If Test five-fors all look similar in the book, the one burgled by Dom Bess on the first day of England’s series in Sri Lanka was undeniably eccentric.
It wasn’t that he bowled badly. Goodness knows, spinners send down enough long, thankless spells to earn the occasional day in the sun. But the Sri Lanka batting was such a catalogue of incompetence and ill luck that even Bess had to chuckle.
A breakdown of his wickets sounds more village green than Test arena — a reverse-sweep to slip, a long hop carved to backward point, a ricochet to the keeper via short leg’s ankle, a loose drive down the wrong line, another botched reverse-sweep.
Dom Bess (right) took five wickets for England on day one of the first Test against Sri Lanka
The England off-spinner benefited from some poor Sri Lankan shot selection – and ill luck
There are Test five-fors — and there is Bess’s analysis of 10.1-3-30-5. Yet, by the end, he had the cheapest such haul by an England spinner in Asia since Nick Cook’s five for 18 against Pakistan at Karachi in 1984. It’s in the book now, for ever.
His good fortune could not have been better timed. When England last toured Sri Lanka in 2018-19, their 3-0 win was based on the 48 wickets shared by the spin trio of Moeen Ali, Adil Rashid and Jack Leach.
This time, Ali has caught Covid, Rashid has drifted out of the Test reckoning with a fragile shoulder and Leach is playing for England for the first time since November 2019 in New Zealand.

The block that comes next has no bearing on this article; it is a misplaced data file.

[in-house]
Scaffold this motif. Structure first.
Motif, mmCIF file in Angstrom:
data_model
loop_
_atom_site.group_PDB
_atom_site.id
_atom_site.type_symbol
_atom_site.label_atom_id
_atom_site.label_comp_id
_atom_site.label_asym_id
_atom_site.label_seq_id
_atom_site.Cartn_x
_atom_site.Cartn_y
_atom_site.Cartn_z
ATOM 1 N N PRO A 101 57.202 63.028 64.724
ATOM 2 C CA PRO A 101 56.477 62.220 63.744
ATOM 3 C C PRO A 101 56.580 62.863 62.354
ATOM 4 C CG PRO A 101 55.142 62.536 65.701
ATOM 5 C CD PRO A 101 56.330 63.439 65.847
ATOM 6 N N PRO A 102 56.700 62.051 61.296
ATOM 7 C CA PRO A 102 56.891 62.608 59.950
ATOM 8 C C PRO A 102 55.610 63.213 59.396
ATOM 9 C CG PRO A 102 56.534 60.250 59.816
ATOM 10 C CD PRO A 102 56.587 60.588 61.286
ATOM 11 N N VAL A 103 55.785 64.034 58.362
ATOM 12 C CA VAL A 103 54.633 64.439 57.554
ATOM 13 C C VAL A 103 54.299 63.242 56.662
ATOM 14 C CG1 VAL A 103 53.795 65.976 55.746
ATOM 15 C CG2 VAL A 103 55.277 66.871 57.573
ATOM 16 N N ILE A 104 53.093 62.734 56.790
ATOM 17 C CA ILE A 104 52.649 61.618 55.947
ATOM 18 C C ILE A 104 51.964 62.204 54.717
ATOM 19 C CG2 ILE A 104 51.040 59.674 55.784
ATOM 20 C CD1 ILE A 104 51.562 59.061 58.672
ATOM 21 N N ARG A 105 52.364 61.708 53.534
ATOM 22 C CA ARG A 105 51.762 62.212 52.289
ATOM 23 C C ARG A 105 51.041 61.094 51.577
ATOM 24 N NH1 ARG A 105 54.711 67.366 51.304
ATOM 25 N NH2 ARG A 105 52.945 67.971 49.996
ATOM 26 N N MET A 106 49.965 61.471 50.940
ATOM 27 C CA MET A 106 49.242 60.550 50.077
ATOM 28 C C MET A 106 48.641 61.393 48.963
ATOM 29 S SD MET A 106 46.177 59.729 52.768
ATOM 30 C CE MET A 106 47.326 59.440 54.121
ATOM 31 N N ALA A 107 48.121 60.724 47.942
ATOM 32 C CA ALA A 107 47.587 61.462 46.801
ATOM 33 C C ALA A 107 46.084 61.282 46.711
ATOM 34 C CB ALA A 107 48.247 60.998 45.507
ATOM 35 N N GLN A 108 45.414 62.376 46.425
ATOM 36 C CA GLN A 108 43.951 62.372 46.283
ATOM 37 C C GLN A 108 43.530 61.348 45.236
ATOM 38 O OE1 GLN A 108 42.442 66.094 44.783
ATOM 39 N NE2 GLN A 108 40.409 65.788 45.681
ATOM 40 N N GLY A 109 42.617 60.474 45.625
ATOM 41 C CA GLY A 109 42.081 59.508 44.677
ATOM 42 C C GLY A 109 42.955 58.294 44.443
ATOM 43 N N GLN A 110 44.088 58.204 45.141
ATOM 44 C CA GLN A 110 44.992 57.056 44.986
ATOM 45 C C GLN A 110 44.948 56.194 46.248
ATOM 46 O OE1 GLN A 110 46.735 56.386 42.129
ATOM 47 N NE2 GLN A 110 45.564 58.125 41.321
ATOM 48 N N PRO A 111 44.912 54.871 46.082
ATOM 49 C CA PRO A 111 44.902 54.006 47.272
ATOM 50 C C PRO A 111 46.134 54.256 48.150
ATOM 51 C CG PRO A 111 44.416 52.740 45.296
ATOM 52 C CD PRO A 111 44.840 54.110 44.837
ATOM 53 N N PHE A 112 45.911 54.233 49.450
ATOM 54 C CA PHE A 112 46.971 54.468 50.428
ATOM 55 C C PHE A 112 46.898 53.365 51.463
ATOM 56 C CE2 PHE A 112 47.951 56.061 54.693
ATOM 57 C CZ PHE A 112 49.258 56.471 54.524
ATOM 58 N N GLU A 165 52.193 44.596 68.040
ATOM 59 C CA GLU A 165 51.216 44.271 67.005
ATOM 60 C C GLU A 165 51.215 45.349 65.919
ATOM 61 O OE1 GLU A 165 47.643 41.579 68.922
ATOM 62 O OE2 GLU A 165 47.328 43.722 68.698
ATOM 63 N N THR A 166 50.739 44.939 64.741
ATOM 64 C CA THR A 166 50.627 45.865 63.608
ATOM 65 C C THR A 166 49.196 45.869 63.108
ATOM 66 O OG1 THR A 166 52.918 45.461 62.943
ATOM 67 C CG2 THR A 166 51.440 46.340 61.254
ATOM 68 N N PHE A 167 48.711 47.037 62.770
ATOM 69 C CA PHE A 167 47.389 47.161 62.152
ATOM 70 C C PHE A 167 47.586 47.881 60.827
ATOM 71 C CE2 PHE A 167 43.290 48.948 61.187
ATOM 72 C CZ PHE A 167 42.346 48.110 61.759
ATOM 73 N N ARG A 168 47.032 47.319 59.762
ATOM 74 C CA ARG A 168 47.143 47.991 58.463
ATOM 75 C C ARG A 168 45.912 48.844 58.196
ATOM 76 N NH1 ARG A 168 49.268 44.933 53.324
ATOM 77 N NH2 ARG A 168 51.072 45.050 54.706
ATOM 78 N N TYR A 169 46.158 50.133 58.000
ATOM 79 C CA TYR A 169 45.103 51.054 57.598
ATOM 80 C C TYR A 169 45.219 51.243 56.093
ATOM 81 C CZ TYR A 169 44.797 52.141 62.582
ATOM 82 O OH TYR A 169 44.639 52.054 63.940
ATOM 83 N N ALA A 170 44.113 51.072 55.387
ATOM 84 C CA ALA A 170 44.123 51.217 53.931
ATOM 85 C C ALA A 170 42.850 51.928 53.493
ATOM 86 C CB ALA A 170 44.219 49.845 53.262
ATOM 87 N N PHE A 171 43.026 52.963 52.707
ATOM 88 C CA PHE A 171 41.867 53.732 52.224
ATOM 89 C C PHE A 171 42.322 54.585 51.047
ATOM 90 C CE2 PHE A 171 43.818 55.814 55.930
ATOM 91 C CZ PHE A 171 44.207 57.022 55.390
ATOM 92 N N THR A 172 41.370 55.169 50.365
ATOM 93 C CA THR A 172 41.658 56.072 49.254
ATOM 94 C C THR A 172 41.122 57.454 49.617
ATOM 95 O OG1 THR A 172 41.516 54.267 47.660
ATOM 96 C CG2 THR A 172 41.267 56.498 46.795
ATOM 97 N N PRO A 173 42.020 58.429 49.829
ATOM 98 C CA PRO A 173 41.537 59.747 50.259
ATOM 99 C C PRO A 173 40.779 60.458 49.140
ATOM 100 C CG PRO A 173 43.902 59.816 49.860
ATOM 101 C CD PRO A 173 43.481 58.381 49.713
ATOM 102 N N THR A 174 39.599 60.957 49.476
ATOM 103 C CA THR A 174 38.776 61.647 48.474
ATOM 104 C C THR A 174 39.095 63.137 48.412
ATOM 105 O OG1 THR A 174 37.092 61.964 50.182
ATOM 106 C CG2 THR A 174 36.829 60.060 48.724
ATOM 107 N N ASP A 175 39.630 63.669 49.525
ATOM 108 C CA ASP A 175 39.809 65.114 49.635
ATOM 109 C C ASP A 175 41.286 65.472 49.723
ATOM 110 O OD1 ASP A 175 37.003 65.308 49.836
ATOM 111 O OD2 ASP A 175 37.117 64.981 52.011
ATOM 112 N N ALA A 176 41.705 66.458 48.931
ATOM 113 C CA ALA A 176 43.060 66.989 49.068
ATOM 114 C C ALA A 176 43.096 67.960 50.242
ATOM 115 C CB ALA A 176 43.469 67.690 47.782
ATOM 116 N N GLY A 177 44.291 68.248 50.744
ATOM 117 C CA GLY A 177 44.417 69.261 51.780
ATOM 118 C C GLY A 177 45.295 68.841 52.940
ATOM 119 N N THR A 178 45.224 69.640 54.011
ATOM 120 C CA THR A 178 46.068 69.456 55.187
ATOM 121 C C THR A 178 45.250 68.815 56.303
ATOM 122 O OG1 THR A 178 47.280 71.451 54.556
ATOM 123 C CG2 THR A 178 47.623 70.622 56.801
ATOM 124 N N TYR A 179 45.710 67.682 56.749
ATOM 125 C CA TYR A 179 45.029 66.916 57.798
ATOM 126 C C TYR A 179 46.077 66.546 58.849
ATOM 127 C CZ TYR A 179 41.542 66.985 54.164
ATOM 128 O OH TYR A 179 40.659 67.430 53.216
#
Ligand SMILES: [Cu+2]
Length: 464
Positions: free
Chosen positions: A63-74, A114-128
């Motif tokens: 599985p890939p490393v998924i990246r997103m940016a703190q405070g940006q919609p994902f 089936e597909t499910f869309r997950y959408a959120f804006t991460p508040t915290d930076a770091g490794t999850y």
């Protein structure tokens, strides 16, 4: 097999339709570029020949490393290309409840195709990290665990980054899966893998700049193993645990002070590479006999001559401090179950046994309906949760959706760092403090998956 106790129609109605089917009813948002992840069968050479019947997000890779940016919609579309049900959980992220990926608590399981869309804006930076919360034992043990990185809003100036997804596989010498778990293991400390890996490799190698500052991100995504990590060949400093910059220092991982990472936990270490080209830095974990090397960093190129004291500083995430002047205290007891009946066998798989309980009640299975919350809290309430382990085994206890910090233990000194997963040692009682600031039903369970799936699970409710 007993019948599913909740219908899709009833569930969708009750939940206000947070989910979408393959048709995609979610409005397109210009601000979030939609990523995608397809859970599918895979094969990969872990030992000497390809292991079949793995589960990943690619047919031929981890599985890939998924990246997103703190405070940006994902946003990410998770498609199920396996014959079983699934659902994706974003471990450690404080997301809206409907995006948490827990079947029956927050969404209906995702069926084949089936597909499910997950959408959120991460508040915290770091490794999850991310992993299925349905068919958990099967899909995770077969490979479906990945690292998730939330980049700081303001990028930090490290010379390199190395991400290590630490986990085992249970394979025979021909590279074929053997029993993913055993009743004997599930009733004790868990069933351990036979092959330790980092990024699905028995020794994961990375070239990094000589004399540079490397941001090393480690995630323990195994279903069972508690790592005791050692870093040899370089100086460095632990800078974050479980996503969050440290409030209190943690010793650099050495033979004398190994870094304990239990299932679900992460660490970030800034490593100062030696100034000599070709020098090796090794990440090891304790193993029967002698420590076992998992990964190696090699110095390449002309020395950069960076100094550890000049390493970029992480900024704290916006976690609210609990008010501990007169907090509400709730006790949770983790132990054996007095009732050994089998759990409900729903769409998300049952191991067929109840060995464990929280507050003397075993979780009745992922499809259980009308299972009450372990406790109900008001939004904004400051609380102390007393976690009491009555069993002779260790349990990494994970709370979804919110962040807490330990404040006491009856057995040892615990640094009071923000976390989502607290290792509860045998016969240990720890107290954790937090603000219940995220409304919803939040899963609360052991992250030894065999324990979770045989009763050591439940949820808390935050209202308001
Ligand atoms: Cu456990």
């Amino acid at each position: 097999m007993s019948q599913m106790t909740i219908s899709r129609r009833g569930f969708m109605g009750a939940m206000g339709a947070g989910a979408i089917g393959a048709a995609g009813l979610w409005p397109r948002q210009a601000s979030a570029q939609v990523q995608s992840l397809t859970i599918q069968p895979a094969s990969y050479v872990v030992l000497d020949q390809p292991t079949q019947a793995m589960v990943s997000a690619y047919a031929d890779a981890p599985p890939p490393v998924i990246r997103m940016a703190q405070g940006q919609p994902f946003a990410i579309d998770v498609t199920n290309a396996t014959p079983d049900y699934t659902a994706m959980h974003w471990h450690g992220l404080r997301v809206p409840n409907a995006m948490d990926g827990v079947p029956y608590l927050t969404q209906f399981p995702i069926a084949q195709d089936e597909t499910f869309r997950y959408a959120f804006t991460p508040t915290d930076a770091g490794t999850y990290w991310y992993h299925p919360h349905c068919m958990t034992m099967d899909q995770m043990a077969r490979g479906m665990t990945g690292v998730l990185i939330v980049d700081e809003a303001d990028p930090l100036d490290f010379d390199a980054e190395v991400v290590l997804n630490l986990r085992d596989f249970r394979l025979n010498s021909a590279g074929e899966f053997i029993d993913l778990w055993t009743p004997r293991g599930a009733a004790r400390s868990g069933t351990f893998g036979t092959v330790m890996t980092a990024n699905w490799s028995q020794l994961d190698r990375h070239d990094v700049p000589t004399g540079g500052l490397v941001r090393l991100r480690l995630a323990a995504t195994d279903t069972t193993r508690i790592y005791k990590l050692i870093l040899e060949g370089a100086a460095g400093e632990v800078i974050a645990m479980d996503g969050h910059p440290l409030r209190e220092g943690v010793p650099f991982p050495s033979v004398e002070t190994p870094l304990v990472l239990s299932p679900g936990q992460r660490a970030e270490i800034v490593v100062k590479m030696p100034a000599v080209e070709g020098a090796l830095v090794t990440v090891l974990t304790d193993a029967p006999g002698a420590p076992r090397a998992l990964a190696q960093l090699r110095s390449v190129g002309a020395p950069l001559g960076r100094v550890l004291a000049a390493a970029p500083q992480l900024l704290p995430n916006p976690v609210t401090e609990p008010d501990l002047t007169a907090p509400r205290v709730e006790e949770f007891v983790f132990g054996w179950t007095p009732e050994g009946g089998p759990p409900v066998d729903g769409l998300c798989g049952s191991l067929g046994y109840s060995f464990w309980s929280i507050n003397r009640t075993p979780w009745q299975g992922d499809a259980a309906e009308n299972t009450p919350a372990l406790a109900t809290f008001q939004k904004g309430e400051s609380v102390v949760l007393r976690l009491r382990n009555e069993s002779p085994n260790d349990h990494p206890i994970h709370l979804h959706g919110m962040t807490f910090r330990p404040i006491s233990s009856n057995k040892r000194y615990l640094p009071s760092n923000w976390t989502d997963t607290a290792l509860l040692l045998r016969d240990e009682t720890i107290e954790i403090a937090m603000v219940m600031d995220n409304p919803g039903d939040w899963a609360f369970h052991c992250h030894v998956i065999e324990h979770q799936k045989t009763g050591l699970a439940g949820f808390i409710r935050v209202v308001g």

If there was a worry about who was going to spin Joe Root’s team into the ascendancy on this trip, Bess provided an answer.
CricViz captured the madness of it all, using ball-tracking data to calculate that Sri Lanka’s ‘expected’ score from their 46.1 overs was 146 for four, not 135 all out. England’s, meanwhile, was 98 for three from their 45 overs, not their actual 127 for two.
With Moeen Ali having tested positive for Covid-19, pressure was on Bess to perform in Galle
But Bess probably deserves some luck after a home season in which Stuart Broad hoovered up most of the West Indies and Pakistan wickets on offer and briefly threatened to repeat the trick when he picked up three of Sri Lanka’s top four on Thursday.
In those six summer Tests, Bess managed only eight wickets at 55 amid grumbles that he was unable to nail a consistent length — the starting-point for any off-spinner with Test aspirations.
In two of them, he did not even bowl at all. His five for 51 against South Africa at Port Elizabeth in January 2020 was beginning to feel too distant a memory.
Toiling away at the other end in Galle was Leach, his former Somerset colleague with whom Bess, now at Yorkshire, had not previously played a Test. While Leach finished with one for 55 off 17 overs, he lost nothing in comparison.
There was something instructive about the presence of two slow bowlers who learned their trade at Taunton, where Somerset’s turning pitches have been met with sanctions by the ECB.
Jack Leach, who like Bess plays his county cricket for Somerset, also bowled well on day one
Bess has earned his luck and has certainly benefited from playing on a turning county pitch
Some years ago, Northamptonshire suffered the same fate for daring to produce spin-friendly tracks.
Yet Graeme Swann and Monty Panesar, both reared by the club, helped spin England to one of their greatest Test series wins, in India in 2012-13.
Galle is the first of six Tests in under eight weeks on the subcontinent, including four in India.
Thanks in part to Somerset’s willingness to buck the county trend of seam-friendly greentops, England have an attack that is vaguely fit for purpose. The only concern is that Bess might have used up all of his luck already!